What comes First?
I know you have come across the phrase “Catch-22“. Webster gives a wonderful example of the “Show-Business catch-22” through a quote of Mary Murphy – “no work unless you have an agent, no agent unless you have worked. I see a Catch-33 (I made this up) in our industry especially when it comes to growth. I might sound a little vague here but there is some value in continuing to read this post.
When we think of growth, the first thing that comes to mind is marketing, even though some might not call it marketing.
A lot of people in our industry obsess with Marketing tactics and techniques. By this I mean, these questions:
- Which platform should I use, LinkedIn or Facebook?
- What type of campaign should I run?
- What type of video or content should I create?
- How do I generate referrals?
- Which CRM should I use?
We believe that marketing is the key to growth, and it is, but there is a Catch-22 that I hope to bring to your notice.
If I ask you what comes first “Marketing or Sales”, what will you answer?
Respond to this question by thinking about your business. What will come first for you?
Ashish Nagpal, a distributor in Pune, thought that Marketing comes first for his firm. He has been in the business for 12 + years and has a six-member team. While Ashish is pretty savvy and has built a decent business, his biggest issue like many distributors is organic growth. In short, new client acquisition seemed to be the problem. This is a common problem faced by most of the distributors and advisors in the country. Like most firms, Ashish thought that Marketing (Tactics) would solve his problem of not getting enough leads.
Thus, he began looking for marketing help and tried doing multiple things. He was on Facebook and LinkedIn. He initiated a referral campaign. He also went after Chartered Accountants and tried his hand at Email Marketing. Finally, he was overwhelmed by doing too many things and felt nothing was really working for him.
The fact was that he was unable to devote real time to any of these initiatives and he stopped when some of them were not working after a few months. Even if he had devoted time to these initiatives, would some of them have worked? I doubt so because his real problem lies somewhere else and that is precisely what I call as the Catch-22 or Catch-33 for most firms (and their teams).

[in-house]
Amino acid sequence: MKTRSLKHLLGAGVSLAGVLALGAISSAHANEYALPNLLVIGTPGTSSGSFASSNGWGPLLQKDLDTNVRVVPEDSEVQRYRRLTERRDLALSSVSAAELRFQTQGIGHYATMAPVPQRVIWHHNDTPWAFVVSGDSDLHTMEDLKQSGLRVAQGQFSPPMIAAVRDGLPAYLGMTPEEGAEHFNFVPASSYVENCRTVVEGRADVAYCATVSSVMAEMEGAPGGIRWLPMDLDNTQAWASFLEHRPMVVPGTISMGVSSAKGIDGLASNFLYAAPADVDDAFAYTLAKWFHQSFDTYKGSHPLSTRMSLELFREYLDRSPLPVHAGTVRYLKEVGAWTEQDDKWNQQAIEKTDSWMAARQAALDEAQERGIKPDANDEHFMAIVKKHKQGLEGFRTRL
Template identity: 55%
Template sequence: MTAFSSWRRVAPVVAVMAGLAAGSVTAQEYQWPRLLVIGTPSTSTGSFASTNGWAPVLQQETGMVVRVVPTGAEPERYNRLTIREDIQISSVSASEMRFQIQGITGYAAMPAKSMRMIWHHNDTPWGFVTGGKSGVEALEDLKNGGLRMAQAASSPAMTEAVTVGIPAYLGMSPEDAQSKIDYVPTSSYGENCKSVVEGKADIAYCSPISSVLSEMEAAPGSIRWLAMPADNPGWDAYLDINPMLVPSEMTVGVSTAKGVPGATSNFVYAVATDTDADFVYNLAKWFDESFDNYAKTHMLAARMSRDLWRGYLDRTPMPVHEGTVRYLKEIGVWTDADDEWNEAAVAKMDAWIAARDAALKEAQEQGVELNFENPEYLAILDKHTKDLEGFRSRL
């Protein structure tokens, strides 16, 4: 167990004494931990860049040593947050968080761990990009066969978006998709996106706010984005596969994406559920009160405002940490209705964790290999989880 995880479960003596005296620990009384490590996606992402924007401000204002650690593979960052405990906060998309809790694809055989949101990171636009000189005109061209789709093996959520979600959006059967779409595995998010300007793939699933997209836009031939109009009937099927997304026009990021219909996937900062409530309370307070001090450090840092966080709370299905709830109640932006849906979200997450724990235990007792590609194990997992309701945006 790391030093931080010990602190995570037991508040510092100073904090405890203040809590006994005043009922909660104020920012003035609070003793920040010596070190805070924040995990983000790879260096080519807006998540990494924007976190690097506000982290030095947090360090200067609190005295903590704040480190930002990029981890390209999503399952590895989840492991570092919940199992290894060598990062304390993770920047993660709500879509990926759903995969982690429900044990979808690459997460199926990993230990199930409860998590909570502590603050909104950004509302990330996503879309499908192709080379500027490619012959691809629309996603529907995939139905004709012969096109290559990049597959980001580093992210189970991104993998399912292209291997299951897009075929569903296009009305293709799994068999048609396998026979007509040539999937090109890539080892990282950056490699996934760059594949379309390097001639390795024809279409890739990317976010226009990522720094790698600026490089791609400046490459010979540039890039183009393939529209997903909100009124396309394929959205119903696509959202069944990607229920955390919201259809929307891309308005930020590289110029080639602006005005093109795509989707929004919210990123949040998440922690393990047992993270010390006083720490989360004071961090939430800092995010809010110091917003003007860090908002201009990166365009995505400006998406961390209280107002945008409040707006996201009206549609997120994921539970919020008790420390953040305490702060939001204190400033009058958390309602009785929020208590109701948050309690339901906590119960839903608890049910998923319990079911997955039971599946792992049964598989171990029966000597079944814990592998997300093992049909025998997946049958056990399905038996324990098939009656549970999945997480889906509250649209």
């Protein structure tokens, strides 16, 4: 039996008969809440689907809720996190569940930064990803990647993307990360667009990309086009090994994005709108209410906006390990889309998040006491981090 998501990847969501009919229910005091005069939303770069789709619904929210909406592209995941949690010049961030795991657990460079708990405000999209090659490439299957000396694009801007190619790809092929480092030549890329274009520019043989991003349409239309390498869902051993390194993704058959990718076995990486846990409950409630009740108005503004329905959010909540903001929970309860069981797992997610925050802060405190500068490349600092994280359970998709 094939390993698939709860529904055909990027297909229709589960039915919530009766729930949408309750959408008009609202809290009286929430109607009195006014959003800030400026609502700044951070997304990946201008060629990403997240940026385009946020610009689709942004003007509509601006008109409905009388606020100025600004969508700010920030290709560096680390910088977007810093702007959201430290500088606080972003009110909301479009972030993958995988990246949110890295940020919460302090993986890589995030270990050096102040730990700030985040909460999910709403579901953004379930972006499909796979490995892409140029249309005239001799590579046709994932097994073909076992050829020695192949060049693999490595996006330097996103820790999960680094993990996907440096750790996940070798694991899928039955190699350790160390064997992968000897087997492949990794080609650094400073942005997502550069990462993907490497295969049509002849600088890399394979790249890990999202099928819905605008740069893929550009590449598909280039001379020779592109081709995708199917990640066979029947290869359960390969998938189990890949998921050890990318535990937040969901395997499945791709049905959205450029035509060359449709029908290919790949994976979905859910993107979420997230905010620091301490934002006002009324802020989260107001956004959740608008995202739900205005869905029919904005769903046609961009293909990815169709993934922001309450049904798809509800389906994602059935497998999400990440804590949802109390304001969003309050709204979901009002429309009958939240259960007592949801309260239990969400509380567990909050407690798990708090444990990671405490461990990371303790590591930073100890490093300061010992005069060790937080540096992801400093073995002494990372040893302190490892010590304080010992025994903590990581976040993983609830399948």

I went over his situation and found out the following.
Although Ashish was generating some leads through his initiatives, he was the only one who would do meetings in his team. His limitation was that besides handling existing clients, he could only devote limited time for new meetings. Some of the new meetings were done by 2 of his colleagues.
His 2 colleagues were not as skilled as him and their client acquisition/close ratio (signing up clients/number of unique client meetings) was way lower than him. In fact, Ashish’s close ratio himself was very low and needed to be improved.
Think for a minute.
Marketing Tactics have generated meetings for you, but you haven’t been able to close them.
Is this the problem with Marketing or with Sales?
Marketing might have given you non ideal leads but let us assume that they have given you 30-50% ideal leads, what is the real problem then?
The problem then is with Sales or your ability to sign up a new client. Investing in Marketing will not help if you do not have the Sales Capability to close. This is where the Catch-22 comes from. What do you fix first? Clearly Sales needs to be fixed first as you need to improve your client acquisition ratio first. This means having the kind of people who have the capability to acquire clients. Suddenly this might seem like an organizational design and recruitment problem.
Imaging meeting 10 prospects and acquiring 1 client versus acquiring 4 clients.
While “Sales” seems like the correct answer above, a step along with fixing sales is to fix the Client Experience.
A wow Client Experience leads to Referrals and as we all know that Referrals are one of the most important Marketing Tactics in a distribution and advisory firm.
Client Experience = More Referrals/Ideal Client Lead Generation
Sales = Client Acquisition/Closure of these Leads
Marketing = Lead Generation
It is not for a reason that I believe that Client Experience is one of your most important Marketing Tactics (or rather Strategy).
While most firms start with Marketing and then go to Sales and hardly pay attention to Client Experience, you will find immense value in leading with Client Experience first, and at the same time building enough capability and capacity for acquiring clients (Sales). Once you have fixed Client Experience and Sales, only then should you look at Marketing Tactics.
This is indeed a Catch-22 that we might all be able to solve.